Walden has opposed international agreements, regulation, and market-based initiatives. Walden talks a good game, but his voting record says, “Let them breathe smoke.”

Teresa Hogan


What made America great

My grandmother Eva was born in 1900 to Jewish parents, Lazar and Leah Aranov, near Kiev, Russia. Gram was one of 11 siblings — the two eldest were killed during an anti-Semitic raid. Pogroms, a Russian word for “devastation,” were approved Cossack attacks on property or lives of religious, racial or national minorities.

One time the Cossacks came and ripped her sister’s pierced earrings without allowing the young girl to remove them. The Aranovs needed to leave their homeland to live without fear.

In 1910, the eldest boys, Max and Nate, entered the United States and lived with cousins in Chicago. They took any job to send money for tickets back home. They arrived, one by one, working to bring the others. Eva was 14 when she and her sister Fanny made their way across Russia and then by boat to the U.S. Gram never saw her mother or youngest brother again. Leah died on the boat bound for the U.S. Lavov was conscripted into the Russian Army. Her sister Chiah escaped to Israel.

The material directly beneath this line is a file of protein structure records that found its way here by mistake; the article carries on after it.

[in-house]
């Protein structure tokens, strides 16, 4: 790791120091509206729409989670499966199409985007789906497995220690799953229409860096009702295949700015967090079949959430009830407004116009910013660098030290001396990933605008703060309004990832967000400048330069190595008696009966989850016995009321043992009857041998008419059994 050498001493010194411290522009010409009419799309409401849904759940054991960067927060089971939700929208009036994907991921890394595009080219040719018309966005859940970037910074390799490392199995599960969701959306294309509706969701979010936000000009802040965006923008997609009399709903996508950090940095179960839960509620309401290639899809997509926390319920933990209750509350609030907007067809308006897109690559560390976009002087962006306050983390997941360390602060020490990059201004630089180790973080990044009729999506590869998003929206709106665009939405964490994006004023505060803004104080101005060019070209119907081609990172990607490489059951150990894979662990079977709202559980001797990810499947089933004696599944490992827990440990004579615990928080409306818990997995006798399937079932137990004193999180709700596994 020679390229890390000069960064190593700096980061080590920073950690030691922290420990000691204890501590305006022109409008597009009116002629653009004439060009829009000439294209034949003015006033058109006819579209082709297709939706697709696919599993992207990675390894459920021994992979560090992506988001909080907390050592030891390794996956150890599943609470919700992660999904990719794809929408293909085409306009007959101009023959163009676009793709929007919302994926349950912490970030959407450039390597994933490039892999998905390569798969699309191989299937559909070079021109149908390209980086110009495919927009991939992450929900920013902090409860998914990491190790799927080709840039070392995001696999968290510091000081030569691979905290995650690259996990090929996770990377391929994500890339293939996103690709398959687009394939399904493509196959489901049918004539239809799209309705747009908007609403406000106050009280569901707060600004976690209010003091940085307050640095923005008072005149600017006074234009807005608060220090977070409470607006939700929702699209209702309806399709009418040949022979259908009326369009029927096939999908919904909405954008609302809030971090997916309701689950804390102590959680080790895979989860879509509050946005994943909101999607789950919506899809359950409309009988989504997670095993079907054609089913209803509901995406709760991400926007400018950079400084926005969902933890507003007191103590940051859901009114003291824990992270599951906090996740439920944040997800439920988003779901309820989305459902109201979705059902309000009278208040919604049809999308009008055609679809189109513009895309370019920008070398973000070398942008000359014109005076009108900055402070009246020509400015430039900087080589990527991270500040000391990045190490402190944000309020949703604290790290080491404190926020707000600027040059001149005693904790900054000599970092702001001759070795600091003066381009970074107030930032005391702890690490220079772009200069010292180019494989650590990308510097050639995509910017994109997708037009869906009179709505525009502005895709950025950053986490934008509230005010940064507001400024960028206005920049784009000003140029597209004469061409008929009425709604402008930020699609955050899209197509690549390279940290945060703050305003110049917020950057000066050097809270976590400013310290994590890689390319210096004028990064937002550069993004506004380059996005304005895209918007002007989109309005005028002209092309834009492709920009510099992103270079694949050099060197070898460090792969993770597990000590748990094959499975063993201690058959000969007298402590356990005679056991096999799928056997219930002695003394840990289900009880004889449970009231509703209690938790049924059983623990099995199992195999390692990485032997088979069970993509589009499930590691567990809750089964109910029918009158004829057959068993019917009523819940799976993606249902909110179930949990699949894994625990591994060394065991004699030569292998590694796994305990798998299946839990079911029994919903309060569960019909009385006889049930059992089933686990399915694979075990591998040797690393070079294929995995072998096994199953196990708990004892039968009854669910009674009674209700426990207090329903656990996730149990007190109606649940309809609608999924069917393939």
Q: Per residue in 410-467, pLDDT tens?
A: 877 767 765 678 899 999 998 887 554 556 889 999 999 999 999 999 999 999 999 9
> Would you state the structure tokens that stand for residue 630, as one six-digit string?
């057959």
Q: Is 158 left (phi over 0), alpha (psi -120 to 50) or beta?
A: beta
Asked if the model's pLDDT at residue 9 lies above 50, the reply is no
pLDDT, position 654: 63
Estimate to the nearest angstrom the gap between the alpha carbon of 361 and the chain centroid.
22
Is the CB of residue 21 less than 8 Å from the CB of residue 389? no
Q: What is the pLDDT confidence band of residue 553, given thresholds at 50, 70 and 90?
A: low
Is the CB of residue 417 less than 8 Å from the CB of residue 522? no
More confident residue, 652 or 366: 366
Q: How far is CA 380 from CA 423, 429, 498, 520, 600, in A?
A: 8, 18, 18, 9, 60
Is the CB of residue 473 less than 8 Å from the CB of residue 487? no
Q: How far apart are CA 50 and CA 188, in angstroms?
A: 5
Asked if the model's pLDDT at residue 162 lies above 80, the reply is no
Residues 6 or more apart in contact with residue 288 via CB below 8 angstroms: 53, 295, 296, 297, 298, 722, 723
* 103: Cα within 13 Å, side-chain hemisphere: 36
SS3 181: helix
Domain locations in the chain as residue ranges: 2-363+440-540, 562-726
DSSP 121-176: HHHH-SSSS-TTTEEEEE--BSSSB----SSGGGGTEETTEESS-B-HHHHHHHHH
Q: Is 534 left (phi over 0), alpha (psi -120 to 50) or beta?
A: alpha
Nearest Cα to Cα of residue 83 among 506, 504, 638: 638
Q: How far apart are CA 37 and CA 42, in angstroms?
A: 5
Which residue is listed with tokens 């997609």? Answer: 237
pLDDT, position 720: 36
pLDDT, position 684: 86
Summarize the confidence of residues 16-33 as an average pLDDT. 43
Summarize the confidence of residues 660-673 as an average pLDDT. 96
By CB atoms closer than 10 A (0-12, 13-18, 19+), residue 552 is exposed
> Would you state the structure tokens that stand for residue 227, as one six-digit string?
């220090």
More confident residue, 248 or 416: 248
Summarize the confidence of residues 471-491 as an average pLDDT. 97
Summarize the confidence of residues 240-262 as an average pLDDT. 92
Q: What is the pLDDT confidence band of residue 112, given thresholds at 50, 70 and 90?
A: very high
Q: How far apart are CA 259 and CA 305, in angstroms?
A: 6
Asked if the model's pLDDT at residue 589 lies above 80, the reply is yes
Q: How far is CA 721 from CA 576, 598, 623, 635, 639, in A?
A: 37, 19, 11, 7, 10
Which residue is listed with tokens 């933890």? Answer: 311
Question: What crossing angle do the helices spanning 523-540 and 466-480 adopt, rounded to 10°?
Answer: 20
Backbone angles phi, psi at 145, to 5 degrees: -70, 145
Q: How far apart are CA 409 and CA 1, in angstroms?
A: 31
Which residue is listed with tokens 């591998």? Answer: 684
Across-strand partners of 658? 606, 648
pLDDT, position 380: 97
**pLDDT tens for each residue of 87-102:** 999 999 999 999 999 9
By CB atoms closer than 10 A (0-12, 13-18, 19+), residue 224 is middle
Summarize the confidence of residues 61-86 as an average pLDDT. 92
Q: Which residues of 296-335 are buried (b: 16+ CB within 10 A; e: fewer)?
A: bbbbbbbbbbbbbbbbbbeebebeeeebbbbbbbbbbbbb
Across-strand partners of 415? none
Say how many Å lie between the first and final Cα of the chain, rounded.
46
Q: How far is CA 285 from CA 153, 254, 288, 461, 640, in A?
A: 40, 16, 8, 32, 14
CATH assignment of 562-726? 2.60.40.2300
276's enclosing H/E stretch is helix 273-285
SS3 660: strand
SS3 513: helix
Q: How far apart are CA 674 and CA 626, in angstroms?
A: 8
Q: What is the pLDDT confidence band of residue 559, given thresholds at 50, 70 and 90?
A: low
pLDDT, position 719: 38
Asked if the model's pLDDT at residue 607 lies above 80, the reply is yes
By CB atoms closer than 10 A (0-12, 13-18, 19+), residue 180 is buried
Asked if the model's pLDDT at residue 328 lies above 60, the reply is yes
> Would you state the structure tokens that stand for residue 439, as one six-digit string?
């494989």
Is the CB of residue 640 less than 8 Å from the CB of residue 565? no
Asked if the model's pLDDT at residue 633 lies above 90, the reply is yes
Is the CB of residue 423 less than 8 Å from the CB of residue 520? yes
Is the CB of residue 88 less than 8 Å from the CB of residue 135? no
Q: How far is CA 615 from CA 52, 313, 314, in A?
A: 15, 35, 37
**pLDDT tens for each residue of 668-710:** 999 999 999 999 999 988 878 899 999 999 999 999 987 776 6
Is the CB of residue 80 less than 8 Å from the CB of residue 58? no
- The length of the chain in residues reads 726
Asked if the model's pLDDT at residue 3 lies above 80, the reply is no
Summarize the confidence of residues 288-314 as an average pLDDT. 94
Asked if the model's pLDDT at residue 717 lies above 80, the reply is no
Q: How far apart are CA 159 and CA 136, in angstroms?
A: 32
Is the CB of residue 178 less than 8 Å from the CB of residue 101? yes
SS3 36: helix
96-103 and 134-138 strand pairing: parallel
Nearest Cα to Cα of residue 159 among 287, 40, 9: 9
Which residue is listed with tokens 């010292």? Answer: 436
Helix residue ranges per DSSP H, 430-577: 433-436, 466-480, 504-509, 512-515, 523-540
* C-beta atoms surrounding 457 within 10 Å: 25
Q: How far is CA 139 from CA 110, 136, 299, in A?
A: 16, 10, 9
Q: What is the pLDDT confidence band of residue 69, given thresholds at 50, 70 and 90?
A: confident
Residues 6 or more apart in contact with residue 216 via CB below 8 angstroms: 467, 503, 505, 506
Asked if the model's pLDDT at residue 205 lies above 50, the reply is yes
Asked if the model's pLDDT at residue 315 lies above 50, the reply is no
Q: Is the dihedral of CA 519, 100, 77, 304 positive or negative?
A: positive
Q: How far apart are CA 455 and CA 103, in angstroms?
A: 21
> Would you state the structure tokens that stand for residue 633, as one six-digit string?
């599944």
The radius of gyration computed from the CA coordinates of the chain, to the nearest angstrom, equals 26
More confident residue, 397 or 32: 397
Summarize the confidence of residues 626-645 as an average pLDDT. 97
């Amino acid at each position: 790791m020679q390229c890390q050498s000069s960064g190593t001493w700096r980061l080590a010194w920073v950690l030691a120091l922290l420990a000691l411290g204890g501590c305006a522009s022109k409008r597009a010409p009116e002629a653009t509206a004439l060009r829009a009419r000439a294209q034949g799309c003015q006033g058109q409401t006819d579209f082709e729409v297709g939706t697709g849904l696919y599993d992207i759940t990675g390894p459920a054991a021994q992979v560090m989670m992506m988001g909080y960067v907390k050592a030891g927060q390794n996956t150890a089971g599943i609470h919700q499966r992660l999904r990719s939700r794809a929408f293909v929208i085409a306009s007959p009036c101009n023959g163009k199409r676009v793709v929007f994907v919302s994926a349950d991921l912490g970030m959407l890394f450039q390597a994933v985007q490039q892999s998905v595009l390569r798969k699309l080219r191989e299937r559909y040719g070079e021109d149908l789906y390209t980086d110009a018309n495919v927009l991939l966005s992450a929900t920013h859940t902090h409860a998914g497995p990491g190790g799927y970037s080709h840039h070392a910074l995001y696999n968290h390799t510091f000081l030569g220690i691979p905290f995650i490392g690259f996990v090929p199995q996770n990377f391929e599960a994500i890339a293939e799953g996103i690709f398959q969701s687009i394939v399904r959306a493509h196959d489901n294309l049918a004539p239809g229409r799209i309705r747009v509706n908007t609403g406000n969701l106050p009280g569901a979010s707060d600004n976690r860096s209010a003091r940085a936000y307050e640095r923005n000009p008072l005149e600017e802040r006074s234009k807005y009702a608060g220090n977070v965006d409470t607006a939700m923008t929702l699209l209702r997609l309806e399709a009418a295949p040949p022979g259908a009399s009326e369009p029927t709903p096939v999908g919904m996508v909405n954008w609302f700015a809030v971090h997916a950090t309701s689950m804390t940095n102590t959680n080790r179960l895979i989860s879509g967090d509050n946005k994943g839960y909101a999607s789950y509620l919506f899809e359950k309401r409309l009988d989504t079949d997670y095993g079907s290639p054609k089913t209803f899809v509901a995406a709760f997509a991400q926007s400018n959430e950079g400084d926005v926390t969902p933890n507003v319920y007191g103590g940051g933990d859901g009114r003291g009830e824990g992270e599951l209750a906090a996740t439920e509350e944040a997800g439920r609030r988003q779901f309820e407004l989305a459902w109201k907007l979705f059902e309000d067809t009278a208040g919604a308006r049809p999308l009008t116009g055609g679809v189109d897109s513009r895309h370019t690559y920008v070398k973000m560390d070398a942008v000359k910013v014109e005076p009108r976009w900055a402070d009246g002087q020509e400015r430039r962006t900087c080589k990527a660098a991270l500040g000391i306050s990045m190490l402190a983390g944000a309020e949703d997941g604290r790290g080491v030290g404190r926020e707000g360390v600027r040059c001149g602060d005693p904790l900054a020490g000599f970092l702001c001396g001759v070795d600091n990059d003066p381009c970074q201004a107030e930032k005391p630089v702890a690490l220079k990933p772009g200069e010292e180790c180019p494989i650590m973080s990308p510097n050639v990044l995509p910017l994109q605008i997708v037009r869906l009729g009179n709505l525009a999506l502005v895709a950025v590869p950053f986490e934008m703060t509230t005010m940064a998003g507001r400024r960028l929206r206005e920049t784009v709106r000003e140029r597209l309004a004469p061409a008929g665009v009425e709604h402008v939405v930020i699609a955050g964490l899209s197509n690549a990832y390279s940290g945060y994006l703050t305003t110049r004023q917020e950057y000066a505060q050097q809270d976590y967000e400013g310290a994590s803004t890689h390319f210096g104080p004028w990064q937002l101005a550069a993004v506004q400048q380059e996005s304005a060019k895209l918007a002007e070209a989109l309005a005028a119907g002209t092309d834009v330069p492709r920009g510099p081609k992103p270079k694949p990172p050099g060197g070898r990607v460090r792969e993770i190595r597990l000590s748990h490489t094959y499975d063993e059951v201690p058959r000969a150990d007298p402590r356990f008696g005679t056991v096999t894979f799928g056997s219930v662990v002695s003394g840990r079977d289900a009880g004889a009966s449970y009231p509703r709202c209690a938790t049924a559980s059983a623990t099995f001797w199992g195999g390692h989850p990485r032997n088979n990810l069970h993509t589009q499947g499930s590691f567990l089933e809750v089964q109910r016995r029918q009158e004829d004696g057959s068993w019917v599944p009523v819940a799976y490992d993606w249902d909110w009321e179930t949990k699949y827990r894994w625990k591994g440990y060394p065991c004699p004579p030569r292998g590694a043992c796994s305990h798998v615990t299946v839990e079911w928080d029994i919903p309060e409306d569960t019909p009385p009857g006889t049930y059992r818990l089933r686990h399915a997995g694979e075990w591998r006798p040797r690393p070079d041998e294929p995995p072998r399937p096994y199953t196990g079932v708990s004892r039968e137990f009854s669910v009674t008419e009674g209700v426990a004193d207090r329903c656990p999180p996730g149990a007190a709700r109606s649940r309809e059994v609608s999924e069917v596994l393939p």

Why America? “It is the land of milk and honey,” Gram said to me when she was 87 and recounting her life. “Anything is possible in America.”

Cheryl French


Where is Walden?

Thank you for your definitive editorial Aug. 19 on forests and fires. It is packed with solidly researched information about the critical role of climate change in wildfire dynamics, and it stands as a timely balance to the worn-out rhetoric of Greg Walden in his Guest Opinion about “forest management.”

I have to say I was curious about Walden’s claim to have “traveled throughout Southern Oregon in recent weeks” and met with many of us. I didn’t hear about any such visit involving public meetings, and the Mail Tribune certainly didn’t report one. In fact, a widespread complaint in our region has been Walden’s continuous evasion of town hall meetings with us, his constituents. So has he been getting together with Southern Oregonians out of the public eye? If anyone in District 2 has seen him lately, please let us know. Where is Walden?

Molly Tinsley


Big oil hypocrisy

In the Mail Tribune Aug. 23 there was an article about how big oil wants the taxpayer to fund a 60-mile sea wall from Louisiana to Houston to protect their facilities.

This is rich. Not only has the oil industry helped to bring on global warming, but now they want the taxpayer to protect them from their ruinous practices? If it were only the height of hypocrisy that would be tolerable, but to spew doubt about global warming for years and now to ask us to literally bail them out is beyond outrageous. I have written to my elected officials to ask them to have the oil industry pay for the wall themselves.

Mary O’Kief